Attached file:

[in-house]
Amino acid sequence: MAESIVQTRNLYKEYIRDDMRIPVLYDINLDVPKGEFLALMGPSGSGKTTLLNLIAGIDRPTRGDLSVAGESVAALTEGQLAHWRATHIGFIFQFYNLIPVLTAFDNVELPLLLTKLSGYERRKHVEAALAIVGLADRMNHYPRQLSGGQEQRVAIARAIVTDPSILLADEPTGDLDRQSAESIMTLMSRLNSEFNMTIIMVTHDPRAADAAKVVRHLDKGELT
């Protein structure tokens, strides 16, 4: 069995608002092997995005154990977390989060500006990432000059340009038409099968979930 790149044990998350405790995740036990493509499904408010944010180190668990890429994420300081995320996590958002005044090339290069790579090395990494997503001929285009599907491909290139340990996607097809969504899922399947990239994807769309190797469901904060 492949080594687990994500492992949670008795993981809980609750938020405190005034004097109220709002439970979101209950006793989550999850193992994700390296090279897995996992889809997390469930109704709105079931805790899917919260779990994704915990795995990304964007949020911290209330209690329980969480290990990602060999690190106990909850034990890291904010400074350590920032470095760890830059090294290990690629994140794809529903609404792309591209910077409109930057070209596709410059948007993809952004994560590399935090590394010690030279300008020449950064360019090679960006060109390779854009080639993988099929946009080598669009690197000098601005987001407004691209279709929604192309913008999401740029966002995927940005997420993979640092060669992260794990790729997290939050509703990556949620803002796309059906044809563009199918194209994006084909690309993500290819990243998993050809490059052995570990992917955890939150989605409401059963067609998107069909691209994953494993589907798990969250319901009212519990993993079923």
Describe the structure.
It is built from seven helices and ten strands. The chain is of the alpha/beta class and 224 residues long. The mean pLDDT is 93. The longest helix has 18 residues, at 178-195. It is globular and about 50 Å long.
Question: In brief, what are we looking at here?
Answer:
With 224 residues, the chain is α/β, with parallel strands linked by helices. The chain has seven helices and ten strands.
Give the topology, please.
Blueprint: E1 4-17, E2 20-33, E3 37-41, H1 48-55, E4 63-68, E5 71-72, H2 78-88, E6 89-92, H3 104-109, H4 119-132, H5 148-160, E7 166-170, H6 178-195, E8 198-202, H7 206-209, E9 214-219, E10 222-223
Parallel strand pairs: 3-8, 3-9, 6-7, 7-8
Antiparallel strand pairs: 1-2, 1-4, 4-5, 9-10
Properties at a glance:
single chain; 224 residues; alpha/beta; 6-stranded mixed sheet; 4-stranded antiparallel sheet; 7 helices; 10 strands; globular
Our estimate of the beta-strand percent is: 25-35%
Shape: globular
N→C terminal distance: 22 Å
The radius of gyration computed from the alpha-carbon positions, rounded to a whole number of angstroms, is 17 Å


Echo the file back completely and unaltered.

[in-house]
Amino acid sequence: MAESIVQTRNLYKEYIRDDMRIPVLYDINLDVPKGEFLALMGPSGSGKTTLLNLIAGIDRPTRGDLSVAGESVAALTEGQLAHWRATHIGFIFQFYNLIPVLTAFDNVELPLLLTKLSGYERRKHVEAALAIVGLADRMNHYPRQLSGGQEQRVAIARAIVTDPSILLADEPTGDLDRQSAESIMTLMSRLNSEFNMTIIMVTHDPRAADAAKVVRHLDKGELT
């Protein structure tokens, strides 16, 4: 069995608002092997995005154990977390989060500006990432000059340009038409099968979930 790149044990998350405790995740036990493509499904408010944010180190668990890429994420300081995320996590958002005044090339290069790579090395990494997503001929285009599907491909290139340990996607097809969504899922399947990239994807769309190797469901904060 492949080594687990994500492992949670008795993981809980609750938020405190005034004097109220709002439970979101209950006793989550999850193992994700390296090279897995996992889809997390469930109704709105079931805790899917919260779990994704915990795995990304964007949020911290209330209690329980969480290990990602060999690190106990909850034990890291904010400074350590920032470095760890830059090294290990690629994140794809529903609404792309591209910077409109930057070209596709410059948007993809952004994560590399935090590394010690030279300008020449950064360019090679960006060109390779854009080639993988099929946009080598669009690197000098601005987001407004691209279709929604192309913008999401740029966002995927940005997420993979640092060669992260794990790729997290939050509703990556949620803002796309059906044809563009199918194209994006084909690309993500290819990243998993050809490059052995570990992917955890939150989605409401059963067609998107069909691209994953494993589907798990969250319901009212519990993993079923």
Describe the structure.
It is built from seven helices and ten strands. The chain is of the alpha/beta class and 224 residues long. The mean pLDDT is 93. The longest helix has 18 residues, at 178-195. It is globular and about 50 Å long.
Question: In brief, what are we looking at here?
Answer:
With 224 residues, the chain is α/β, with parallel strands linked by helices. The chain has seven helices and ten strands.
Give the topology, please.
Blueprint: E1 4-17, E2 20-33, E3 37-41, H1 48-55, E4 63-68, E5 71-72, H2 78-88, E6 89-92, H3 104-109, H4 119-132, H5 148-160, E7 166-170, H6 178-195, E8 198-202, H7 206-209, E9 214-219, E10 222-223
Parallel strand pairs: 3-8, 3-9, 6-7, 7-8
Antiparallel strand pairs: 1-2, 1-4, 4-5, 9-10
Properties at a glance:
single chain; 224 residues; alpha/beta; 6-stranded mixed sheet; 4-stranded antiparallel sheet; 7 helices; 10 strands; globular
Our estimate of the beta-strand percent is: 25-35%
Shape: globular
N→C terminal distance: 22 Å
The radius of gyration computed from the alpha-carbon positions, rounded to a whole number of angstroms, is 17 Å